As my previous teammates, Laurel Sailsbury and Bailey Blood, described, the coaching staff continued to evaluate assigned rowing pairs in seat racing. This process lasted for two days and allowed the coaches to get a glimpse of how my teammates and I were able to utilize our erg power and water technique to move a boat.
I know many girls, including myself, genuinely enjoy this challenging process because it seems like a combination of a race day and an endurance day. The best athletes will be able to apply the same high-power intensity consistently during every single piece, regardless of the number of pieces.
Long steady state practices were also mixed into the training during this portion of the trip. These workouts require extreme focus and abundant, consistent power as we are nearing the end of winter training. Long steady state also allows for the coaches to make improvements to our technique when our bodies begin to wear out. This is effective because during spring racing, our bodies will be pushed on the edge, but we must keep our rowing form from breaking down to out row other crews.
On the last day of winter training, our team was lined up five boats across and proceeded to do four 2000-meter pieces. In the spring season, our races are 2000-meters-long, compared to 5000-meter-long races in the fall. This workout allowed for a mindset shift because of the difference in racing distance and in the higher stroke-rate throughout the piece.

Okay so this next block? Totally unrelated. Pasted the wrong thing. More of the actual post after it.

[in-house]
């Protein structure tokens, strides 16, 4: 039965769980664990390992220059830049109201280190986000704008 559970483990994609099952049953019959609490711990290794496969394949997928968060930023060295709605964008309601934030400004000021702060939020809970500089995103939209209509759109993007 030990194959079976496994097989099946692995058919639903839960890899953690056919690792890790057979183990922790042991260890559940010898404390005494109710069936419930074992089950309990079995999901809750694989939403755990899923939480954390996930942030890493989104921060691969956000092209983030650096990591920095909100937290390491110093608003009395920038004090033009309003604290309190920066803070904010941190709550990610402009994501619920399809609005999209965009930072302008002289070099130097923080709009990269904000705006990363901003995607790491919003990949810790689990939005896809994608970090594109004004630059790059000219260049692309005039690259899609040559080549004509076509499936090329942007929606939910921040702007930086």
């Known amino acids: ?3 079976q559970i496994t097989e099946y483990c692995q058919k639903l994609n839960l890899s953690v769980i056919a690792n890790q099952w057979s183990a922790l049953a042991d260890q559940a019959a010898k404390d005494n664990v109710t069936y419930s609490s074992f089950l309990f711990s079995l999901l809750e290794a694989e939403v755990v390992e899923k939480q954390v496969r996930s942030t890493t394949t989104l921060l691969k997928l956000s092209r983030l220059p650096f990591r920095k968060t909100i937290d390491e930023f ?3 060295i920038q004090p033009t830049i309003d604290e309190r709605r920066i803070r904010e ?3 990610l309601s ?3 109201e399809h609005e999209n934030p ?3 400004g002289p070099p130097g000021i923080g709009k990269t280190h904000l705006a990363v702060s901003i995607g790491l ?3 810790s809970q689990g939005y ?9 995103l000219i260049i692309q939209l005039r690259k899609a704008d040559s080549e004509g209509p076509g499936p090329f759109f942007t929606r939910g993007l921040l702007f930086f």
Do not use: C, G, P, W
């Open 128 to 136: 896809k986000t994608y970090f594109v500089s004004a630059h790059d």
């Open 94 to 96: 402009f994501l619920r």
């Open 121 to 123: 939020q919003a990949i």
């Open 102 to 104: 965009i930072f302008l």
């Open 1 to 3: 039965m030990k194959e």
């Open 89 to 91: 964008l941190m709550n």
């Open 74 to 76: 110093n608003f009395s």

This workout was tiring, if you did it right, but it allowed for my teammates and I to work through our exhaustion and pain to push through the other boats. That may not sound so fun, but I think this was the workout I enjoyed the most during the trip because I could see and feel the changes I have made and I saw how my power was able to help my boat excel. I also could tell that my teammates worked for 16 solid practices to make Kansas faster and stronger.
We want to wear this name proudly and it is these type of workouts that will allow us to do that this season. This trip was not a piece of cake and it never is, but it teaches you how your attitude will impact your work output, who you can go to when you need to get something out of your system and it helps the entire team bond because we are taking every single stroke together as one unit called Kansas Rowing. At the end of the day, I have the privilege of getting to compete in a highly competitive sport with some of my best friends in the world and I couldn’t be any more thankful for that.
After fear of a cancelled flight, we finally made our way back to Lawrence, Kansas. We will continue to use the new lessons, enhanced skills and excitement that this trip brought out onto the rowing machines as we enter erging season. Watch out, some major things are happening here and I can’t wait to see how we utilize this training trip investment throughout the season. Kansas Rowing is officially back in season and better than ever!
Rock Chalk,
Isabel Horosz